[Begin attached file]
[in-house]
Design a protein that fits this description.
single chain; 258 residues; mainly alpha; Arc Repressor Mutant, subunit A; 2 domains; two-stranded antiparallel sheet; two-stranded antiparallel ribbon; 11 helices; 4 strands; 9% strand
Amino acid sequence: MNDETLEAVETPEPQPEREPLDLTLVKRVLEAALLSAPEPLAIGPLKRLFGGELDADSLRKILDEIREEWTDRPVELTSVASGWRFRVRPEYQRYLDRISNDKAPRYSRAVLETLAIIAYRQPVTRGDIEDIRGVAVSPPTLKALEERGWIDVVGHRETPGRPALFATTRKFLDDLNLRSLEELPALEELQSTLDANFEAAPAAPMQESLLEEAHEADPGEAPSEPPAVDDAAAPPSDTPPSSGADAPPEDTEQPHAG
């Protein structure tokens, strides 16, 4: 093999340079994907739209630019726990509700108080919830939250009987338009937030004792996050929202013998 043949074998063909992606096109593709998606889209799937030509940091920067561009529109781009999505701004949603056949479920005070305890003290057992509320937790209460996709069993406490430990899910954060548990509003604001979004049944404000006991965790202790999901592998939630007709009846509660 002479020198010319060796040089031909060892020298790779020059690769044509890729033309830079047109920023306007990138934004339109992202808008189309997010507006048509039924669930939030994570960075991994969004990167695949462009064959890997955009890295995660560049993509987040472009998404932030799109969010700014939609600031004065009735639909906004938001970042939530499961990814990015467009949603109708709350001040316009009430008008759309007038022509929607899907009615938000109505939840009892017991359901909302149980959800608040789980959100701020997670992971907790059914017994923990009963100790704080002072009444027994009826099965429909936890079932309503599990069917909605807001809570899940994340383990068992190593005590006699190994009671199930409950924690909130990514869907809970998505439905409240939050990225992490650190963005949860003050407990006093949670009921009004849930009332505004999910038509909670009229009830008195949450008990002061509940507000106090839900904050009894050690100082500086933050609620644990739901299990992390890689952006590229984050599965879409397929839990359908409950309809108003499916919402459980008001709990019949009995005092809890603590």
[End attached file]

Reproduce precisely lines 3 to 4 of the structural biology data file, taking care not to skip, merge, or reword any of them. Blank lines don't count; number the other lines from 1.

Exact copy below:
single chain; 258 residues; mainly alpha; Arc Repressor Mutant, subunit A; 2 domains; two-stranded antiparallel sheet; two-stranded antiparallel ribbon; 11 helices; 4 strands; 9% strand
Amino acid sequence: MNDETLEAVETPEPQPEREPLDLTLVKRVLEAALLSAPEPLAIGPLKRLFGGELDADSLRKILDEIREEWTDRPVELTSVASGWRFRVRPEYQRYLDRISNDKAPRYSRAVLETLAIIAYRQPVTRGDIEDIRGVAVSPPTLKALEERGWIDVVGHRETPGRPALFATTRKFLDDLNLRSLEELPALEELQSTLDANFEAAPAAPMQESLLEEAHEADPGEAPSEPPAVDDAAAPPSDTPPSSGADAPPEDTEQPHAG